Kristen Welker, the debate’s moderator, began the night with a plea for civility.
“Please,” she instructed the men standing before her, “speak one at a time.”
For the most part, Ms. Welker got what she wanted.
In a high-stakes debut overseeing a presidential debate — taking charge of a candidate matchup that proved a bucking bronco for the last moderator, Chris Wallace of Fox News — Ms. Welker, an NBC anchor and correspondent, managed to restore order to a quadrennial institution that some believed could not be tamed.
Mr. Wallace himself said on Fox News: “Well first of all, I’m jealous. I would’ve liked to have been able to moderate that debate and get a real exchange of views instead of hundreds of interruptions.”
No doubt, she benefited from Trump 2.0: a calmer president arrived onstage Thursday, a contrast with the candidate who derailed the proceedings in Cleveland last month. And she had a technological assist in the form of muted microphones, a novelty installed to keep the exchanges between Mr. Trump and Joseph R. Biden Jr. from going from civics to chaos.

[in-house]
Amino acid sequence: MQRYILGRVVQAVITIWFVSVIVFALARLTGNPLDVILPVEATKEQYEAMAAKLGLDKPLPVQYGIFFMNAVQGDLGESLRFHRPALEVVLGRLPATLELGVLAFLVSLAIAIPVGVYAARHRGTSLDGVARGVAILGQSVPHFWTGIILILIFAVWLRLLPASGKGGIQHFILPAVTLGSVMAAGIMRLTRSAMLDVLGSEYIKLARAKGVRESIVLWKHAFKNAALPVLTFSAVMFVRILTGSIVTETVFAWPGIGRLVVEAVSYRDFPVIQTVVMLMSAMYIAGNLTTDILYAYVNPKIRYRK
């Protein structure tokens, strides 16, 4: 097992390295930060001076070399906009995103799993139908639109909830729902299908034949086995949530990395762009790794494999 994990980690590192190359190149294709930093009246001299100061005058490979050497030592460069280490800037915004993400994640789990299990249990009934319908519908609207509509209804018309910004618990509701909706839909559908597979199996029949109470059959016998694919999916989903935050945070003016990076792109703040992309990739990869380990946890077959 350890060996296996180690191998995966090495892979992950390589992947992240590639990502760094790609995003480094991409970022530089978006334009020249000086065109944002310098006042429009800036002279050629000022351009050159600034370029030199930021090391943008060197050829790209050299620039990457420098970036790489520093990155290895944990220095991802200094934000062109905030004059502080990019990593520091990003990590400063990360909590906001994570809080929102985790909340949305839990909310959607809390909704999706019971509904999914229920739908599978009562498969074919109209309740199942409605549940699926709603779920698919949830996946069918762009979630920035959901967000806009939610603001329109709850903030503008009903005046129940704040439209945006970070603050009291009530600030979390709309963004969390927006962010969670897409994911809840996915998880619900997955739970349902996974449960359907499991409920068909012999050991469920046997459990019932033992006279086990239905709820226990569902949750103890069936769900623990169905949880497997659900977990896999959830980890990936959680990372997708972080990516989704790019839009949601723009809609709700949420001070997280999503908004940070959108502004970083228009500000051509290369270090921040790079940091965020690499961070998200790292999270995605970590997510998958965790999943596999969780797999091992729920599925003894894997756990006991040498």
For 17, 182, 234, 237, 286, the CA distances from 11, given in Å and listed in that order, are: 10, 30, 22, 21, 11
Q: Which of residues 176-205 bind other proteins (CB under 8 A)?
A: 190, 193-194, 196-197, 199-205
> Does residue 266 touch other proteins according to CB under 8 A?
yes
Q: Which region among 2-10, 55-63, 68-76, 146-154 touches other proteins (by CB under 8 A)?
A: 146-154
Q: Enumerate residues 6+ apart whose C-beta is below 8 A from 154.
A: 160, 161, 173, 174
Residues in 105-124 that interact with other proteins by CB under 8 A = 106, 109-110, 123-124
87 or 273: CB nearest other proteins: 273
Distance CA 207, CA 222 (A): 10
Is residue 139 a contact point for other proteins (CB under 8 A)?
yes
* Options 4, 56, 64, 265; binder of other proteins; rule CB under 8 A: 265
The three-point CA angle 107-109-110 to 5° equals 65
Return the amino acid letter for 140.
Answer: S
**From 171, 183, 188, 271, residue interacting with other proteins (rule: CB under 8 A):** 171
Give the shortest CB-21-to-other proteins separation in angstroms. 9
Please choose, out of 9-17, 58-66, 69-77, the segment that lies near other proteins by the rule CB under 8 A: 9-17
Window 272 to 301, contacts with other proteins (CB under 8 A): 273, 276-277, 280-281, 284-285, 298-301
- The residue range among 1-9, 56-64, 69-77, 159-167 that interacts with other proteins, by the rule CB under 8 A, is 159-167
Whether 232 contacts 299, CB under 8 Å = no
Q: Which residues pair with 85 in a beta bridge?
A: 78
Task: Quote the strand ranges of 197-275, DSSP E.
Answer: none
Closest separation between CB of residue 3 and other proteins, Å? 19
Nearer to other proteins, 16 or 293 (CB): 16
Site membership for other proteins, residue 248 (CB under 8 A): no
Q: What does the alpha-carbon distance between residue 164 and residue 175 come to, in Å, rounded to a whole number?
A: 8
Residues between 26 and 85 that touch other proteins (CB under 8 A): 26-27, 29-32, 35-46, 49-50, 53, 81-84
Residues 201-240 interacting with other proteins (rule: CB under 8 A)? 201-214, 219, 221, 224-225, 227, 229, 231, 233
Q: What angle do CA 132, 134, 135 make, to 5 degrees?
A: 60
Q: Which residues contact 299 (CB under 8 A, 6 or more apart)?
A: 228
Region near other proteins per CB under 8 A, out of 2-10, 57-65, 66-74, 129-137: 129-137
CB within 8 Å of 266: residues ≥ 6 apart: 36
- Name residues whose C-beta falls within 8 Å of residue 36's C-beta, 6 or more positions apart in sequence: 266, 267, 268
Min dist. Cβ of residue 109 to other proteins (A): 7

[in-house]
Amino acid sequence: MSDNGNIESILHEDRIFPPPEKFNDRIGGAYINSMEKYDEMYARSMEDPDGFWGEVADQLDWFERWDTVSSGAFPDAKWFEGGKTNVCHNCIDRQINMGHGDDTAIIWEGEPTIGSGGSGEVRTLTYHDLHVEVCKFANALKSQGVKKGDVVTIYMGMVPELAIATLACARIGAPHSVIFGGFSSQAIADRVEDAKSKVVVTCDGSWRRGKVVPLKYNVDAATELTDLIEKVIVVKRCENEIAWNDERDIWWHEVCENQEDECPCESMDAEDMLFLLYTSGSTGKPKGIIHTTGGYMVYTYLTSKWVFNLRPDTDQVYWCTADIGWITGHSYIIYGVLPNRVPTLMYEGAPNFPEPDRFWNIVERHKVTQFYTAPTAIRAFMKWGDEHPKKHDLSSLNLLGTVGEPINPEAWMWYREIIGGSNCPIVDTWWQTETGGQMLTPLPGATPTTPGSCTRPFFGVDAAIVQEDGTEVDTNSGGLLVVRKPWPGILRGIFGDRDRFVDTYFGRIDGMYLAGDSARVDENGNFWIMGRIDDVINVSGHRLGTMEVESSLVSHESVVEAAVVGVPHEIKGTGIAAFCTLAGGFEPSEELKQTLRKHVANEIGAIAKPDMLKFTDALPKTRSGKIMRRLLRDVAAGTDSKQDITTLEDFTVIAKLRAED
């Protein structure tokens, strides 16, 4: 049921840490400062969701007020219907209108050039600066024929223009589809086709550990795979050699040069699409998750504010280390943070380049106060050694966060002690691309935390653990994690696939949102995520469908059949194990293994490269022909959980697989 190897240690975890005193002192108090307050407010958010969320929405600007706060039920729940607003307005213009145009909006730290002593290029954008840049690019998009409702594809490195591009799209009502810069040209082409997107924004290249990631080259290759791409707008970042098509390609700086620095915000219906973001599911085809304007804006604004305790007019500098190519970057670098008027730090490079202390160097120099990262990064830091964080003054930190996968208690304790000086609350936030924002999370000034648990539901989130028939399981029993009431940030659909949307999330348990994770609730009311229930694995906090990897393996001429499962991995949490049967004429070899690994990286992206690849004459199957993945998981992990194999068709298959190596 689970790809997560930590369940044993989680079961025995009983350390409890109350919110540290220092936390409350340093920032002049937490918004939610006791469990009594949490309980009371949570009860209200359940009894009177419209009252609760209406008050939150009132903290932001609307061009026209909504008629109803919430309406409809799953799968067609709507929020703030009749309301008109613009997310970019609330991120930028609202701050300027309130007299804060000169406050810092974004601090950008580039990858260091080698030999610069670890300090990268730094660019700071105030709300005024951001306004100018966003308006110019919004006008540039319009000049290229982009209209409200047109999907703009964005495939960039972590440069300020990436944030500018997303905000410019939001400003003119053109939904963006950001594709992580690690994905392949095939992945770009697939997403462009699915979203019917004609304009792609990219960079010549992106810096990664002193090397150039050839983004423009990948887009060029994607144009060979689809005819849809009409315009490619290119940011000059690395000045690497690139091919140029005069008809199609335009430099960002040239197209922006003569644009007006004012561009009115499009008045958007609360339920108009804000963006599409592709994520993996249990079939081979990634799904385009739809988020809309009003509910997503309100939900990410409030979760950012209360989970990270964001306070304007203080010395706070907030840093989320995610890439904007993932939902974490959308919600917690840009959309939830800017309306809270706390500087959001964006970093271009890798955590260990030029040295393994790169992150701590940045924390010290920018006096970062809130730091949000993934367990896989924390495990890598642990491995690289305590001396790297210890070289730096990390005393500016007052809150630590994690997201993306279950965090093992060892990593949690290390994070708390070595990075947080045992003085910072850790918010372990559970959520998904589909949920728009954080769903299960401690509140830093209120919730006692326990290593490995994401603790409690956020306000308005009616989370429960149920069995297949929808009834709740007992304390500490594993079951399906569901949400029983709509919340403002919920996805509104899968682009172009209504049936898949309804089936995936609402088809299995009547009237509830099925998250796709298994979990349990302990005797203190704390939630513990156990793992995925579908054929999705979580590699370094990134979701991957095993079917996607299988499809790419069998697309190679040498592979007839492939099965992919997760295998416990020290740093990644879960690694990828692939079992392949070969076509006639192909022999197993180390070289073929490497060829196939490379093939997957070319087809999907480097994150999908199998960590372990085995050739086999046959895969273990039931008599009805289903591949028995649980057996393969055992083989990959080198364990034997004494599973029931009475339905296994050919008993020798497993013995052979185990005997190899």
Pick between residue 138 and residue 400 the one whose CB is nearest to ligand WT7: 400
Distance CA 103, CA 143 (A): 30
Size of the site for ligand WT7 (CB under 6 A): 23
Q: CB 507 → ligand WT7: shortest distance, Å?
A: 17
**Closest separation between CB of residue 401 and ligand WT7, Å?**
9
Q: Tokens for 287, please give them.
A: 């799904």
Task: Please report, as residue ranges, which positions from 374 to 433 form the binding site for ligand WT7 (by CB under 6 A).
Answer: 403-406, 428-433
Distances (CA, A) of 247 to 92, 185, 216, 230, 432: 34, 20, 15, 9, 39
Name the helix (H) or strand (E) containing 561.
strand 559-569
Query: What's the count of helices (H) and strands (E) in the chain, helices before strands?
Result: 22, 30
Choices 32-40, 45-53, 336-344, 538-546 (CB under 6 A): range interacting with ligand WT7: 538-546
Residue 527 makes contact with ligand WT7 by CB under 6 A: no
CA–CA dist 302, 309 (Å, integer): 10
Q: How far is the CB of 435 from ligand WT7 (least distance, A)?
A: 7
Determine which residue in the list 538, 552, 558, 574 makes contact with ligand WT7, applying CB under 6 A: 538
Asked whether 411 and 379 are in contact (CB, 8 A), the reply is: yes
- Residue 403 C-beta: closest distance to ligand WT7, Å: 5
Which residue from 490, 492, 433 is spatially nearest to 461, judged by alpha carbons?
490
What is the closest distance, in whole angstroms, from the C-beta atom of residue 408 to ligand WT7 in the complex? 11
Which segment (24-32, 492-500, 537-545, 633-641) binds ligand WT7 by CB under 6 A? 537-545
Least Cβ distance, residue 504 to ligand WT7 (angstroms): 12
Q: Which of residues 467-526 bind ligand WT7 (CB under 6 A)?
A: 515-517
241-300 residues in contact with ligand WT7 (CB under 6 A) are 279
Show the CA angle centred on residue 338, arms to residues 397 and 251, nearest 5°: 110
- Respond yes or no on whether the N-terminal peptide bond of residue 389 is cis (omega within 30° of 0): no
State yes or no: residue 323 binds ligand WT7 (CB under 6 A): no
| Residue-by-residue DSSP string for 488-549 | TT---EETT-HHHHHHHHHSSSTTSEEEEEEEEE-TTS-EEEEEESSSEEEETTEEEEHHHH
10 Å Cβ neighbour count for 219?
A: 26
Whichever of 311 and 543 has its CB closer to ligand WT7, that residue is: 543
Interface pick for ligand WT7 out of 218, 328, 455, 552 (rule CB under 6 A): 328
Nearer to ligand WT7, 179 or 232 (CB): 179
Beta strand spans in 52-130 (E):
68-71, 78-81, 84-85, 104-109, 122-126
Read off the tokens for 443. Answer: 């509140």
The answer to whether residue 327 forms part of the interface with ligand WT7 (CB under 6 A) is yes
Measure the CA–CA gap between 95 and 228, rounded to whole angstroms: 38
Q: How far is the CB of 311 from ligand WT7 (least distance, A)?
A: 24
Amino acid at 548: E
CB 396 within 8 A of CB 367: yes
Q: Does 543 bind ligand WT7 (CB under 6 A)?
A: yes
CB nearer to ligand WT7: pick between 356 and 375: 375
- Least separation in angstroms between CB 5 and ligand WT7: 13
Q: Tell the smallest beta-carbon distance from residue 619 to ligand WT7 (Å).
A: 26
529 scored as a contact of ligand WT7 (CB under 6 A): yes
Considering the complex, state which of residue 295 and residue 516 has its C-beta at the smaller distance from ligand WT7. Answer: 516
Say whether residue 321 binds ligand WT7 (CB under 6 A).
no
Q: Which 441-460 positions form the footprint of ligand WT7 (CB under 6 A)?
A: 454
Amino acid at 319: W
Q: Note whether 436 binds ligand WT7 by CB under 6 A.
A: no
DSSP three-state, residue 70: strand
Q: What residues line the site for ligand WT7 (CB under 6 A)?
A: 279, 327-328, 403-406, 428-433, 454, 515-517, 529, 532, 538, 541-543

But in a poised and crisp performance, Ms. Welker, 44, succeeded where Mr. Wallace got walloped. Battle-tested by years of covering the Trump White House, she parried with the president and cut him off as needed; Mr. Trump, eager to shed voters’ memories of his unruly performance last month, mostly acquiesced.
Ms. Welker — the first Black woman to moderate a general-election presidential debate since Carole Simpson of ABC in 1992 — entered the evening facing an onslaught of attacks from Mr. Trump, who earlier this week called her “terrible.”
Little of the pressure showed onscreen. Ms. Welker was polite but firm in guiding the discussion, offering chances for brief rebuttals but also taking control when the candidates threatened to go on a harangue, repeatedly urging, “We need to move on.”